- Generally speaking, you should be recording within the first hour after the musicians arrive, providing that you were prepared in advance and didn’t start your setup when the musicians did.
- The key to not using headphones in a spread out recording situation is to keep the amps about 10 feet behind the players and get the players pretty close to the drums. The visual of everyone that close together helps, as well as minimizing the acoustic delay times that occur when you spread the players out too far. When live on stage, there are monitors to solve that very problem.
- Sometimes a small speaker like a 10 or a 12-inch as a satellite speaker placed in the null of the pickup pattern of the mics will work wonders getting the drummer to lock with the bass player while you move the bass amp farther away from the drum kit. Gobos will often come in pretty handy, too.
- A lot of my guitar reverb/ambience can be had by moving the guitar amp so the little bit of bleed in the drum mics makes it a cool ambience for the guitars. Be careful that this doesn’t overpower the drum kit.
- If there are two guitar players, set them up on opposite sides of the kit. This will provide a better stereo picture when you dis- engage the mono button.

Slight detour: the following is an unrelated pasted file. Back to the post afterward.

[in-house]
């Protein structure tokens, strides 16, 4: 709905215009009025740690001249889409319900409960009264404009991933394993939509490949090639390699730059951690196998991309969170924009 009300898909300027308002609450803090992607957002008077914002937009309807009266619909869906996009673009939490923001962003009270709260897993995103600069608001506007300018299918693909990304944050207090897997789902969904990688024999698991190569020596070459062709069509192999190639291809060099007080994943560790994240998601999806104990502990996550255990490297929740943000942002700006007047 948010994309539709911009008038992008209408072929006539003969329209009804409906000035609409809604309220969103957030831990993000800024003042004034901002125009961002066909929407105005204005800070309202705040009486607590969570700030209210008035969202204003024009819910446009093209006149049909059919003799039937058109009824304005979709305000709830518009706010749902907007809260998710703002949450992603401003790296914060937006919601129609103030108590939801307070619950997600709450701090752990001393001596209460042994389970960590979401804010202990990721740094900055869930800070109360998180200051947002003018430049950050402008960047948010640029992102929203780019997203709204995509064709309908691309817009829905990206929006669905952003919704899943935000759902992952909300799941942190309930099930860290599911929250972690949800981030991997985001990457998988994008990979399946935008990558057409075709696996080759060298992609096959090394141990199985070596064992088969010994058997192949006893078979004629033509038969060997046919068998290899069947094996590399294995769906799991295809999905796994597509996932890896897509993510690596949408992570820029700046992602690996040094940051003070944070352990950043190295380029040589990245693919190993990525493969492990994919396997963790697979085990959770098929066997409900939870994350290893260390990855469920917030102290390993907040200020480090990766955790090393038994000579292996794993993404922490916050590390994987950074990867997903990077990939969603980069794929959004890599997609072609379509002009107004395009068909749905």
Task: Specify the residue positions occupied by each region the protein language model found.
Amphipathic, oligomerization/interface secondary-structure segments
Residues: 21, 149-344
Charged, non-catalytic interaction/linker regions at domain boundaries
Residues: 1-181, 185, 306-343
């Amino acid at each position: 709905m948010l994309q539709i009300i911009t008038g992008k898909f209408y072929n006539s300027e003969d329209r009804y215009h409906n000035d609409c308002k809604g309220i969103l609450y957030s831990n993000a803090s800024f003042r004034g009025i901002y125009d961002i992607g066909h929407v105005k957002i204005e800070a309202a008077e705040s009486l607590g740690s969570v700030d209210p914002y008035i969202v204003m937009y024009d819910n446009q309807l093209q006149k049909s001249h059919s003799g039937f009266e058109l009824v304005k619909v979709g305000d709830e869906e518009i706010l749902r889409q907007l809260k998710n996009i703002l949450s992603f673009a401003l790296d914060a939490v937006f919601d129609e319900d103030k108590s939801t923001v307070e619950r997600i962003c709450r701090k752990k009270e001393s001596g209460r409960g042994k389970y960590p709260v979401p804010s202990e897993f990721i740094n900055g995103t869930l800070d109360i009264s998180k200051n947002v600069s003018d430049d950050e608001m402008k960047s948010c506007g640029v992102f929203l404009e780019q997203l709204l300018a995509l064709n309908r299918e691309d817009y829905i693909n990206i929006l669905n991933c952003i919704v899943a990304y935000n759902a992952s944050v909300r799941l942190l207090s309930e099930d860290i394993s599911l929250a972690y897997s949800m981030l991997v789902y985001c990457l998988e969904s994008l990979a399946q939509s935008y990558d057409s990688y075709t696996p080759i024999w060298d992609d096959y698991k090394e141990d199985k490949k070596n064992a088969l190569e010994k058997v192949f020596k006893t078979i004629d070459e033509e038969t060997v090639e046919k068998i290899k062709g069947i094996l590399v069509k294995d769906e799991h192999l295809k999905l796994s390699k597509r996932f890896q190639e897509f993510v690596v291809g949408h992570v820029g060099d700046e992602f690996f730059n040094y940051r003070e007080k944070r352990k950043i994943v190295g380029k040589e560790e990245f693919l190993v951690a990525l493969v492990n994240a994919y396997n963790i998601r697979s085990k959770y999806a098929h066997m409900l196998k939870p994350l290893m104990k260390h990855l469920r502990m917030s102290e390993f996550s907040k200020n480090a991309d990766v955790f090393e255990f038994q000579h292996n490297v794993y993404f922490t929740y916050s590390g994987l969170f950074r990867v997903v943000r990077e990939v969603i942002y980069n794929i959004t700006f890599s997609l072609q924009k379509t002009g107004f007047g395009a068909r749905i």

- Now that you have the whole band set up in a room, mic the room. You should get a reasonable balance of all the instruments. It should sound like a band in a room [fancy that!] The mono button is still in until you’re positive about the clarity of the bottom of the track.
- Need more snare? A Shure SM57 aimed about a foot off the side of the center of the shell of the snare drum usually will add all you need without complicating the rest of the balance.
- I usually try to get soft things around the drum kit. I actually carry a booth that is 8 feet high, 20 feet wide in the back, and 10 feet long at the sides. It descends from 8 feet high in the back to 4 feet high in the front, which is soft, with 4 inch insulation that’s cloth covered. Use front gobos as needed. A gobo between the amps and the kit will work pretty well at helping to control the bleed. This usually alleviates the bounce and splatter that will be caused by reflections off hard walls. Depending on where you position the kit, these reflections will come back to haunt you as Haas effect problems.